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The 15 Best Quotes From The SouthBites Programming at SXSW

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Chefs, critics, and Questlove weigh in on the future of food and tech.

Matt Buchanan And David Chang
Matt Buchanan And David Chang
Nadia Chaudhury/EATX

South By Southwest greatly expanded their food programming track this year, bringing in big name chefs, pioneering artisans and farmers, and food startup founders to talk the future of food and technology. Eater zeroed in on the chef and restaurant panels, which took on everything from the role of restaurants in urban planning to making to announcing a new chicken sandwich concept. Here's the fifteen best quotes (in no particular order) from three days of deep food nerdery.

1) David Chang of Momofuku on his growing love of approachable food: "Chefs all want to make David Lynch's Blue Velvet. But who wants to watch that all the time?"

2) David Chang on the "sameness" the Internet has imposed on food culture: "I believe the next great restaurant won't use the internet. The chef won't be looking at what everyone else is doing. The internet prevents error. But what's sacrificed is the process of fucking up."

3) Adam Rapoport, editor in chief of Bon Appetit, on the reaction to Bobby Flay appearing at an event: "When Bobby Flay comes out, people freak the fuck out. It’s like Paul McCartney just walked out."

4) Rapoport on the canceled Googa Mooga festival in Brooklyn in 2013: "Can I say it was a disaster? These are the guys who do Bonnaroo so they know what they’re doing. Even though sometimes if you know what you’re doing, you get a little cocky about it, it just backfired."

5) Aaron Franklin of Franklin Barbecue on the only reason he uses Twitter: "If I'm not in the restaurant, I use Twitter to check on pictures of the food."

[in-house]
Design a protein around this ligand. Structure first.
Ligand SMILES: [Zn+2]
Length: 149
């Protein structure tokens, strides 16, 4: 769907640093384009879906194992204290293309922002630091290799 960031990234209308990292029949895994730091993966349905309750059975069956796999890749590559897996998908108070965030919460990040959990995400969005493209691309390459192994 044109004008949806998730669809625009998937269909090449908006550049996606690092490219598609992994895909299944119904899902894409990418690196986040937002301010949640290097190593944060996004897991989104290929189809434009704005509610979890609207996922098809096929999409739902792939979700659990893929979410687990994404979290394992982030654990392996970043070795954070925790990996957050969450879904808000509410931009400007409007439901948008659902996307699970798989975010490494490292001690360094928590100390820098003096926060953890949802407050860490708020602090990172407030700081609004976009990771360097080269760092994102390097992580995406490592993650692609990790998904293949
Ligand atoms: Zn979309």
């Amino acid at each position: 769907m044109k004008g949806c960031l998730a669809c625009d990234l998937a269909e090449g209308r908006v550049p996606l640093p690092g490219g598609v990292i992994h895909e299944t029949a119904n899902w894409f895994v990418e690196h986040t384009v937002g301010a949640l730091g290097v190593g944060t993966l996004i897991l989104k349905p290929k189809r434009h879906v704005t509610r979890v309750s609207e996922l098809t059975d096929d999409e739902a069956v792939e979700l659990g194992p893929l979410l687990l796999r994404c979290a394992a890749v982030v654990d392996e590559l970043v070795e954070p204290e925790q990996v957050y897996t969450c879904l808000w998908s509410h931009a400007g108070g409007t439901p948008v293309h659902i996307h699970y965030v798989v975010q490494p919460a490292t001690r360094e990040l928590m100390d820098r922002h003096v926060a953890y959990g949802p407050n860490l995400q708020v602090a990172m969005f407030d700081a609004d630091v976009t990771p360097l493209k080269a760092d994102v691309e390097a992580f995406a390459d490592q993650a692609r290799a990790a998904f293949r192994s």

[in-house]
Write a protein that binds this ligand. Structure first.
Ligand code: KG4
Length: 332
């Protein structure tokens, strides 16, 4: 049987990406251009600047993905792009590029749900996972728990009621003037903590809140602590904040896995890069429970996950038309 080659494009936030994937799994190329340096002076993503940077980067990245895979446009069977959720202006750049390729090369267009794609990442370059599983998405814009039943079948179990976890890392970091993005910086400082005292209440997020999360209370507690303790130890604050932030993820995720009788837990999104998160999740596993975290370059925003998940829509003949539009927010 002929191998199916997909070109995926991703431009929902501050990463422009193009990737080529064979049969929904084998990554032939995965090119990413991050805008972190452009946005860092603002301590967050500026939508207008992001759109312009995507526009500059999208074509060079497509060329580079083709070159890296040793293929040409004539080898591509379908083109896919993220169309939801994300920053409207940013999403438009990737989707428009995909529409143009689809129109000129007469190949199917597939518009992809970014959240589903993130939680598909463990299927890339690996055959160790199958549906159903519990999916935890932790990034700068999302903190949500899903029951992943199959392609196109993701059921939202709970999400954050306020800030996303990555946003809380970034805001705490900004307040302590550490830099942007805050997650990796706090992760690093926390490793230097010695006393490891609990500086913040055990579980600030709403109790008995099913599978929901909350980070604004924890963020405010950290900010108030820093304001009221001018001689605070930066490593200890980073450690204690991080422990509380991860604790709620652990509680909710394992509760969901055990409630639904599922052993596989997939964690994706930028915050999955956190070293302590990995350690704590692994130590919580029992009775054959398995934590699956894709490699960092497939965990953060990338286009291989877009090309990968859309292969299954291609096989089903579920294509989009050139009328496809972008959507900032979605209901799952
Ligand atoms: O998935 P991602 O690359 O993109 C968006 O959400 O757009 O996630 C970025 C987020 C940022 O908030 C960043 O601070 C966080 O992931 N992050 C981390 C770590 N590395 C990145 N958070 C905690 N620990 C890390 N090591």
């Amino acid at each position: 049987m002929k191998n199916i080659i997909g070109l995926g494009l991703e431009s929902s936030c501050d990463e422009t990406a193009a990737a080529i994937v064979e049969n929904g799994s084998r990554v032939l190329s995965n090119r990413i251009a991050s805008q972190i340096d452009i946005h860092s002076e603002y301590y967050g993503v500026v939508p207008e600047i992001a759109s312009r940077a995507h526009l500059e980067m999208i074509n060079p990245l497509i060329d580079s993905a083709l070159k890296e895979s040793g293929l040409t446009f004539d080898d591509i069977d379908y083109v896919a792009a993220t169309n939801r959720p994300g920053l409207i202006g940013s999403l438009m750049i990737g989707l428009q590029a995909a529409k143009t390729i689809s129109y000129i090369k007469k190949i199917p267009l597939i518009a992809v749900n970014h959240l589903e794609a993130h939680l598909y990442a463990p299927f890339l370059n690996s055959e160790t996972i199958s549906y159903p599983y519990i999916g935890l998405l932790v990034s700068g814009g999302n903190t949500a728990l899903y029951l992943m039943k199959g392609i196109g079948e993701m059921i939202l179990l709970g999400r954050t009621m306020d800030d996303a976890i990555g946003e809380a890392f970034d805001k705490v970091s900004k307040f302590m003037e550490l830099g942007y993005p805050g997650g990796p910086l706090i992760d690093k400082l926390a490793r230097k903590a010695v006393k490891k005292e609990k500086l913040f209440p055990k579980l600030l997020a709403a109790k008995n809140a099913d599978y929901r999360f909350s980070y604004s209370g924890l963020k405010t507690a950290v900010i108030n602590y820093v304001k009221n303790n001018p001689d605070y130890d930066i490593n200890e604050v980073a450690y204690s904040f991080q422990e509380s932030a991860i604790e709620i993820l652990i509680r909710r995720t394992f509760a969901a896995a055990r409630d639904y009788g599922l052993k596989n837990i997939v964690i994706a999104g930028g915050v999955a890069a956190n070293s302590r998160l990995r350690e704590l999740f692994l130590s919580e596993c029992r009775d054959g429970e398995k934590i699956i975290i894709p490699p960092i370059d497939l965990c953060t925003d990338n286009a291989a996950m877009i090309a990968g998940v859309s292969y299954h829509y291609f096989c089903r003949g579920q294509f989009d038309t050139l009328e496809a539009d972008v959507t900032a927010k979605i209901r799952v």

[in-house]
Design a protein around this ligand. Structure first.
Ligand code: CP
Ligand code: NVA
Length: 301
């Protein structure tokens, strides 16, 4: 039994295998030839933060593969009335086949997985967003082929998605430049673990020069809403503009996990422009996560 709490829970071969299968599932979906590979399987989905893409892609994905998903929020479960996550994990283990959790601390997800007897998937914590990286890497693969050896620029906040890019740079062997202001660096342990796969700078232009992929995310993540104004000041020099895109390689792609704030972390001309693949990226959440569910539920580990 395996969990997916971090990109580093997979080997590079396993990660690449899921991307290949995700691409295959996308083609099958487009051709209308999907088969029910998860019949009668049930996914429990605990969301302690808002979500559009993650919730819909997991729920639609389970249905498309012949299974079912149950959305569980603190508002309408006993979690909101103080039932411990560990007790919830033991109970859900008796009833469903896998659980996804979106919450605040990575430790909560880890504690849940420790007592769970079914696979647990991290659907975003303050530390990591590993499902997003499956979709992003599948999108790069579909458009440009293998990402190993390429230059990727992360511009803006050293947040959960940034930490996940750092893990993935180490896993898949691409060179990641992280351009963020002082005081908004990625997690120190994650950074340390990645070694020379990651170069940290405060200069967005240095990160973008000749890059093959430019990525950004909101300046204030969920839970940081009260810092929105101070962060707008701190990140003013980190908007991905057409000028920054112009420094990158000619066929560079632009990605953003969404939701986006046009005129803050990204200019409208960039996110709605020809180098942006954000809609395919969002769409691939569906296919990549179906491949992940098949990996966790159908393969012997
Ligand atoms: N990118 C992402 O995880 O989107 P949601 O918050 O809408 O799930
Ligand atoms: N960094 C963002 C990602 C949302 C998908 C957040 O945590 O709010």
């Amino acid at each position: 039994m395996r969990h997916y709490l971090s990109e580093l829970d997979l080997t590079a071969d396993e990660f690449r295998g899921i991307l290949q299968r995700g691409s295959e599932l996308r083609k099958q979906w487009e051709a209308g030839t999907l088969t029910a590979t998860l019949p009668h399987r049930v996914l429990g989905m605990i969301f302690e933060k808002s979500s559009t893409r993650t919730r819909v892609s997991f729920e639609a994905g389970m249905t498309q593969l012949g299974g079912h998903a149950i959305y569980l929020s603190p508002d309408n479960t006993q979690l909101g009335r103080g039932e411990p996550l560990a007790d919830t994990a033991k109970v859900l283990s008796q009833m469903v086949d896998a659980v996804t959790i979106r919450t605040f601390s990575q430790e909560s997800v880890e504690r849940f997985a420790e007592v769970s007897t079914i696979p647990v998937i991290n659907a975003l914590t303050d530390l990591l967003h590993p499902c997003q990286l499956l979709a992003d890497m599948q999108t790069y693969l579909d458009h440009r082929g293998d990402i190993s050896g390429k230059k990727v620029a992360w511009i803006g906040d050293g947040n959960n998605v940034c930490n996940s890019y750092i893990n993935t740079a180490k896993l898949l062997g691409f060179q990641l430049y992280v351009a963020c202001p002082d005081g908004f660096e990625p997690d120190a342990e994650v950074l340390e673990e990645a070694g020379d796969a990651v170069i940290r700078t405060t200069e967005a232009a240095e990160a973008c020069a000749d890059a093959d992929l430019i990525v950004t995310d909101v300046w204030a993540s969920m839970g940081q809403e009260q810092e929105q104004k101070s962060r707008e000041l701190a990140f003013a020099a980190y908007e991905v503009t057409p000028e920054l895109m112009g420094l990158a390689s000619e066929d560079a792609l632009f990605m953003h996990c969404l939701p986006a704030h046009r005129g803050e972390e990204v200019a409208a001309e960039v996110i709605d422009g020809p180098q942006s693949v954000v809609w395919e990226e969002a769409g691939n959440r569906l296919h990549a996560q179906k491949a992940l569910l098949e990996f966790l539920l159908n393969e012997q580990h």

6) Aaron Franklin on the perils of zealous internet fans: "People were asking the Franklin Barbecue Line Twitter account questions about the restaurant instead of us. We had to reach out to coordinate with him."

7) Sean Brock of Husk on the value of food halls: "Every city needs a Chelsea Market, a delicious playground you don't want to leave."

8) Paul Qui, chef/owner of Qui and East Side King, on turning the notion of building a restaurant around a menu: "I didn’t have a menu. I built a kitchen that could be moved around and I ended up changing the concept. Basically went through five restaurant concepts in a year."

9) Questlove of The Roots on experience a life-altering meal at Sukiyabashi Jiro: "I wanted to eat his food on my birthday which at that time was seven months away." He worked out many deals in order to score the coveted reservation, even though "the cats from Radiohead walked in and got a seat." He was nervous, but the meal blew him away. "That was the moment where I realized that food is not only an art, but it’s also a narrative because the story that [Jiro Ono] told me without speaking words."

10) Michael Muser, general manager at Grace, on not understanding how Michelin stars work: "[Curtis Duffy, chef at Grace] has no idea why he got three Michelin stars and I don’t know either. Was it the service? Was it the food? Was it this? Was it that? You don’t know anything, so it pins you to this horrible place of complete paranoia."

11) Muser on having a quiet kitchen: "When a guest looks back into our kitchen, they are to see organization, refinement, cleanliness, readiness, and preparedness. Because if you did look back into our kitchen and [Gordon] Ramsay was running around, smacking people, and there was fire going, how would that showcase to our clients that we were prepared for you?"

12) Jessamyn Rodriguez, CEO and founder of Hot Bread Kitchen, on why her nonprofit centers on bread: "Bread is something that is universal. Most countries in the world have a staple bread or at least a staple starch that anchors the diet, so the messaging works well, but the reality of it is I think we’ve been successful because we really focused on this one product."

13) Jonathan Gold, Los Angeles-based food critic, on the plethora of reviews on Yelp, Chowhound: "There’s a glorious noise of specialists."

14) Alison Cook, Houston Chronicle food critic, on what she termed "foodola" (free meals for media): "Just don’t take freebies because there’s a transaction that’s implied when you accept free food and hospitality from somebody. It’s a kind of schilling. It’s completely without a value or a critical framework."

15) Gold on reviewing Olive Garden on a lark: "I wanted to like it so much. Can you imagine what kind of a hit that would have? A major critic loving The Olive Garden?"

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